Push-ups as a ‘quick and dirty’ predictor of heart health

A typical treadmill stress test can take 10-15 minutes. But new research from Harvard T.H. Chan School of Public Health suggests there may be a quicker and simpler way to examine heart health among middle-aged men: seeing how many push-ups they can do.

In a study published in mid-February, researchers found that active, middle-aged men able to complete more than 40 push-ups had a significantly lower risk of cardiovascular disease outcomes when compared with men who were able to do fewer than 10 push-ups during the baseline exam.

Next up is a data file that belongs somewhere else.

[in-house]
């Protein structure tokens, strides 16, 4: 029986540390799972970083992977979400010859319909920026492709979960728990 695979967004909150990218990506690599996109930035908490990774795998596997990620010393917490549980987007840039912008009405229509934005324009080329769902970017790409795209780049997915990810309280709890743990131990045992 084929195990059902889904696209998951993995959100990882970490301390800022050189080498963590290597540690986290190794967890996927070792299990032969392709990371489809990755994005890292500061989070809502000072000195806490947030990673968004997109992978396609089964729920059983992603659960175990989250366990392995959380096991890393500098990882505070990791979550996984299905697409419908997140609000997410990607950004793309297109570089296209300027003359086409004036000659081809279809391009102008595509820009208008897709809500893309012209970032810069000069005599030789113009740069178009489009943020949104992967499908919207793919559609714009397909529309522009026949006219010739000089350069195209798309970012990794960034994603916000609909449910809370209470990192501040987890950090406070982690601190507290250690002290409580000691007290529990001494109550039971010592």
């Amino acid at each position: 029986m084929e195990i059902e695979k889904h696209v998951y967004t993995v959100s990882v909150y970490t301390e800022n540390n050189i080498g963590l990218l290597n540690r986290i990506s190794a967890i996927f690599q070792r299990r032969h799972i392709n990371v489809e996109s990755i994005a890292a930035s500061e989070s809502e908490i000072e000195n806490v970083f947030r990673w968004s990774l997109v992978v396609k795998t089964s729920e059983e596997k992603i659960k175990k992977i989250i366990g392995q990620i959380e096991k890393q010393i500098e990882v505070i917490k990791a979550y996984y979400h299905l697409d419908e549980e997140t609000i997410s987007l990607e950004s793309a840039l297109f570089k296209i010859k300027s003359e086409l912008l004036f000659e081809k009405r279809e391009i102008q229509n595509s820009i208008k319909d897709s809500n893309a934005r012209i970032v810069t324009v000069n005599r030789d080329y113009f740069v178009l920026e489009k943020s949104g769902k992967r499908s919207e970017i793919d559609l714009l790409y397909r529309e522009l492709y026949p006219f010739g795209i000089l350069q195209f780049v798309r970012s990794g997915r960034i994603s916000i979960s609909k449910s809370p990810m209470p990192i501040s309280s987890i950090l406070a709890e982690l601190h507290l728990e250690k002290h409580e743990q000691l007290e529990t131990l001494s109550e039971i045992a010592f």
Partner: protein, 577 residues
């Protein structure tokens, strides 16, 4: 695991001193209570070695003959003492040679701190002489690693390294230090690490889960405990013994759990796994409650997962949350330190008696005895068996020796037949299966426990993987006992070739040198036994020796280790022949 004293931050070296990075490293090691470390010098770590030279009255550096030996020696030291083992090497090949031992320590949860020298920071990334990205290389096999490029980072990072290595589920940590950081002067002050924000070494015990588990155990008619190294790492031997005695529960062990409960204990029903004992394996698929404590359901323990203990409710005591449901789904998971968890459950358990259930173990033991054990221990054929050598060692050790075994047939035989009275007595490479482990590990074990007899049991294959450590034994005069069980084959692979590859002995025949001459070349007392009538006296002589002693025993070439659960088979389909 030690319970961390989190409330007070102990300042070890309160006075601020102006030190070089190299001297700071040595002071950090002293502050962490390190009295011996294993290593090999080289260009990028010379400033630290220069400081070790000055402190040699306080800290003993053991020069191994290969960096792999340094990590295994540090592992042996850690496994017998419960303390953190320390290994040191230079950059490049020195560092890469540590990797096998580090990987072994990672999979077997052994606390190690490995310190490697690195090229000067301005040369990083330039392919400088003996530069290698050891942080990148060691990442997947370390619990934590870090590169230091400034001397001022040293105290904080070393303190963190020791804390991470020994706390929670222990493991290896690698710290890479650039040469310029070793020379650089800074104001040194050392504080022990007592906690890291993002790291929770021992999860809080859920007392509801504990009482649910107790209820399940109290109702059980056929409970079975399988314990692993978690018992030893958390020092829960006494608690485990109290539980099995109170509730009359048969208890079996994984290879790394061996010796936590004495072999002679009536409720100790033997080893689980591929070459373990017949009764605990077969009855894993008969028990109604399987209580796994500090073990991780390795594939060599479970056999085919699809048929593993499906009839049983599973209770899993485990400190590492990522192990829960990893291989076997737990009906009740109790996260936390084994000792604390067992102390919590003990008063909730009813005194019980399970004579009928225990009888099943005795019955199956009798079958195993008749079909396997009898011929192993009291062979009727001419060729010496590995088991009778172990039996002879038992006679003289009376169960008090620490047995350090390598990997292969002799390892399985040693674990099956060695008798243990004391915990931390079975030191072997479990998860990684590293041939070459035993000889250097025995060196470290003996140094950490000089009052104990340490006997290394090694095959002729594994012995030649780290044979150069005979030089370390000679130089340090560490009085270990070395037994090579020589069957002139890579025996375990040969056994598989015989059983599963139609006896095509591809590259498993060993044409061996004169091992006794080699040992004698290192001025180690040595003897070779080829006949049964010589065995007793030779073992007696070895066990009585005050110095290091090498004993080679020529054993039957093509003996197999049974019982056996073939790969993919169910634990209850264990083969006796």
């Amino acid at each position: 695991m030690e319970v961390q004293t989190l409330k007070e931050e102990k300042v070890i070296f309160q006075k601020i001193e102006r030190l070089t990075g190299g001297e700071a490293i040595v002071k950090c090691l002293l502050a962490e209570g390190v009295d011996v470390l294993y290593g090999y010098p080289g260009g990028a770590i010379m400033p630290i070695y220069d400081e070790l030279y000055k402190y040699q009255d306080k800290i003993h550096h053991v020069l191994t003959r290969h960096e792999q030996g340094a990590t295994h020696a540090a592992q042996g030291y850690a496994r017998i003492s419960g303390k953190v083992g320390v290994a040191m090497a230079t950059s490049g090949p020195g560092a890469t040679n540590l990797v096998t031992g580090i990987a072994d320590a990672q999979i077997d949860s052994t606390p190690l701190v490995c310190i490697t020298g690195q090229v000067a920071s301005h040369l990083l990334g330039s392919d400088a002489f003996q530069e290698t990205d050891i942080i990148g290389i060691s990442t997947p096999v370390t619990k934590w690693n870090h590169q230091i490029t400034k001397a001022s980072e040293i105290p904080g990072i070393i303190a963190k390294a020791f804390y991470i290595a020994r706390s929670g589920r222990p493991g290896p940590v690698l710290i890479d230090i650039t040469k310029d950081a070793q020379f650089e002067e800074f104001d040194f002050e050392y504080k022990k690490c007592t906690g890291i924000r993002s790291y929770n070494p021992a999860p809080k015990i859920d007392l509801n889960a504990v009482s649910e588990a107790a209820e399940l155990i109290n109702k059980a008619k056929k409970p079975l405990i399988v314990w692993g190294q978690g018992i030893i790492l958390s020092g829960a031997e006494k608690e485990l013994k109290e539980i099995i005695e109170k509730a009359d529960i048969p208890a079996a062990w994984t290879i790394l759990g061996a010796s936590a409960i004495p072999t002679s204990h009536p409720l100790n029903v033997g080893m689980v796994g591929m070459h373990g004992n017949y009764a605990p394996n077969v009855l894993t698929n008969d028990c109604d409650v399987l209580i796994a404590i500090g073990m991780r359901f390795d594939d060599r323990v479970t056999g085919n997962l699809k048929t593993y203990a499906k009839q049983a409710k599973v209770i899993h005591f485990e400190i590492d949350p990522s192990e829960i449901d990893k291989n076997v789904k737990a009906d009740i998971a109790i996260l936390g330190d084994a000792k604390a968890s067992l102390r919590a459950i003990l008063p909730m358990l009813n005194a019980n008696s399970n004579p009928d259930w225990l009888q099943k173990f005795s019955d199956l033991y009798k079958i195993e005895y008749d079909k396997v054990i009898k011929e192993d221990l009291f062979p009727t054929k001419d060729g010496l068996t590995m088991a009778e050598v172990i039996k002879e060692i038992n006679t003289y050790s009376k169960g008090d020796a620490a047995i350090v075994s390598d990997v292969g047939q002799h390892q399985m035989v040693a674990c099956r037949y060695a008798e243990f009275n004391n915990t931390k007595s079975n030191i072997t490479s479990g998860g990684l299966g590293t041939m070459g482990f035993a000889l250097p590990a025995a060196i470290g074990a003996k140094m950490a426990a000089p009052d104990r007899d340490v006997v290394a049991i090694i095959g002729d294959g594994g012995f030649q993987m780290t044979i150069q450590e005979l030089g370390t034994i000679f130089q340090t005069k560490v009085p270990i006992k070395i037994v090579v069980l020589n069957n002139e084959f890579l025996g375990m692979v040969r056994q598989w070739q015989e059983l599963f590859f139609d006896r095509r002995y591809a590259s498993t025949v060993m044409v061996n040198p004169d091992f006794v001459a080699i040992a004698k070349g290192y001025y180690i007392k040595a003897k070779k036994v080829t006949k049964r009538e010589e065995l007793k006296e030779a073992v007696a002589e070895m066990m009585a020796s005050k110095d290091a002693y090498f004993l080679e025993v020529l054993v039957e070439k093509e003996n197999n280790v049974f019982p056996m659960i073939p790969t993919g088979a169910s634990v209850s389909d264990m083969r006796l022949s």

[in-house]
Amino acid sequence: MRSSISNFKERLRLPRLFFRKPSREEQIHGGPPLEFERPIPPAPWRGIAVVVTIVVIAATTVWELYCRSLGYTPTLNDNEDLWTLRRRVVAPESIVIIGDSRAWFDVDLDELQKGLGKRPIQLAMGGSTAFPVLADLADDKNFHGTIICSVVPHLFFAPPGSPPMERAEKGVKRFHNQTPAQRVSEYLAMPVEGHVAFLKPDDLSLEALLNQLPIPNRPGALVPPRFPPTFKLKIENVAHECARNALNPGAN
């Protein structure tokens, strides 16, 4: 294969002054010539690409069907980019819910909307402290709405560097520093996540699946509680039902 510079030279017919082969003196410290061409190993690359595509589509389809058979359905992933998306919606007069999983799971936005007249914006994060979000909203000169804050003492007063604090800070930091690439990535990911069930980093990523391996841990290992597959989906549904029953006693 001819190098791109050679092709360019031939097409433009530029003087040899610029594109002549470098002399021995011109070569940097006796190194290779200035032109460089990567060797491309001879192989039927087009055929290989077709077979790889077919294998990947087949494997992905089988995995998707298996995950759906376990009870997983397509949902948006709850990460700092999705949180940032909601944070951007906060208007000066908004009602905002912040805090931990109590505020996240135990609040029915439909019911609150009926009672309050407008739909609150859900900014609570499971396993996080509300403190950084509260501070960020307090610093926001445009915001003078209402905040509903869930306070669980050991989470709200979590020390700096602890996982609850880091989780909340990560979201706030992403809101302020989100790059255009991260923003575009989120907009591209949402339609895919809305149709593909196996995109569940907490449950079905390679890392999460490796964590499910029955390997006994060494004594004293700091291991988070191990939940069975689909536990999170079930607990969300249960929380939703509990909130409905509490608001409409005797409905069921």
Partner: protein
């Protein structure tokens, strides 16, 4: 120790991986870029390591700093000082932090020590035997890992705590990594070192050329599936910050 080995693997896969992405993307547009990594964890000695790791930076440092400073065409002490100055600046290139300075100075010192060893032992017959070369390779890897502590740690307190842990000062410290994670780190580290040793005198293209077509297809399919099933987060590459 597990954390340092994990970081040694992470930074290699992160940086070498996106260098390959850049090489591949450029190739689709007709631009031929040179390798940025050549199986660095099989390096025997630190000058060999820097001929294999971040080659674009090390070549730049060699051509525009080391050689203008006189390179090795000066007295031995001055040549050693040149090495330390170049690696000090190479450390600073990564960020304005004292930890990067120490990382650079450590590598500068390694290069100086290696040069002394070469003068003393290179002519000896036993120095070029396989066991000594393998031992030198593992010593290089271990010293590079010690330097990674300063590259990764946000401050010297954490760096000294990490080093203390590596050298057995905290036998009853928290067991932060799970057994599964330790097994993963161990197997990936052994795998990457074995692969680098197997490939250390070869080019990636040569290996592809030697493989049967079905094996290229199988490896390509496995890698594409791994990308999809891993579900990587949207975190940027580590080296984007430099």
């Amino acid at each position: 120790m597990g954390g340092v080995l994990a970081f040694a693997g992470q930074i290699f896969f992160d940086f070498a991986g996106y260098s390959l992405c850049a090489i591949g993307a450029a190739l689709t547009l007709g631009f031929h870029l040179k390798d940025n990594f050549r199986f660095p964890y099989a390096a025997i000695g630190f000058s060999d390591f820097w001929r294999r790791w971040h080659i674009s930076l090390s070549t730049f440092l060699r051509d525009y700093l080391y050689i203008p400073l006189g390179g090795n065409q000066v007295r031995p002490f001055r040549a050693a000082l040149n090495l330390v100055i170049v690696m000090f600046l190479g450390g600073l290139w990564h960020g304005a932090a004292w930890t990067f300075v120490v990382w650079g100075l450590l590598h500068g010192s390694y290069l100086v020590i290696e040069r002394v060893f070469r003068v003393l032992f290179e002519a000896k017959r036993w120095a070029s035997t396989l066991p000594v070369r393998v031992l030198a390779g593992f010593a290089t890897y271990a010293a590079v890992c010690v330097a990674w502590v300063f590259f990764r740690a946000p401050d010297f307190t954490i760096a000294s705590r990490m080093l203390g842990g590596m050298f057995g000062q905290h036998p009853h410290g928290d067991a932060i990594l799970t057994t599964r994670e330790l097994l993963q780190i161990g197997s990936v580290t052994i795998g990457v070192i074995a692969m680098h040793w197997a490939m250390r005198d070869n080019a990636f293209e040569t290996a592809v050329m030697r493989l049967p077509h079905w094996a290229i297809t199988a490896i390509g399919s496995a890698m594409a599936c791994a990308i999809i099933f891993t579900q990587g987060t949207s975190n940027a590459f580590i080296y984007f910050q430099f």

On March 6, 2019, BBC World Service aired a segment on the study featuring study co-author Stefanos Kales, professor in the Department of Environmental Health at Harvard Chan School. “It was surprising that a test that could be accomplished in basically a minute or less—a quick and dirty type assessment—was statistically more strongly correlated with cardiovascular outcomes than the treadmill test,” Kales said.

Listen to Kales on the BBC World Service segment (at 18:00 minute mark)

Learn more

Push-up capacity linked with lower incidence of future cardiovascular disease events among men (Harvard Chan news)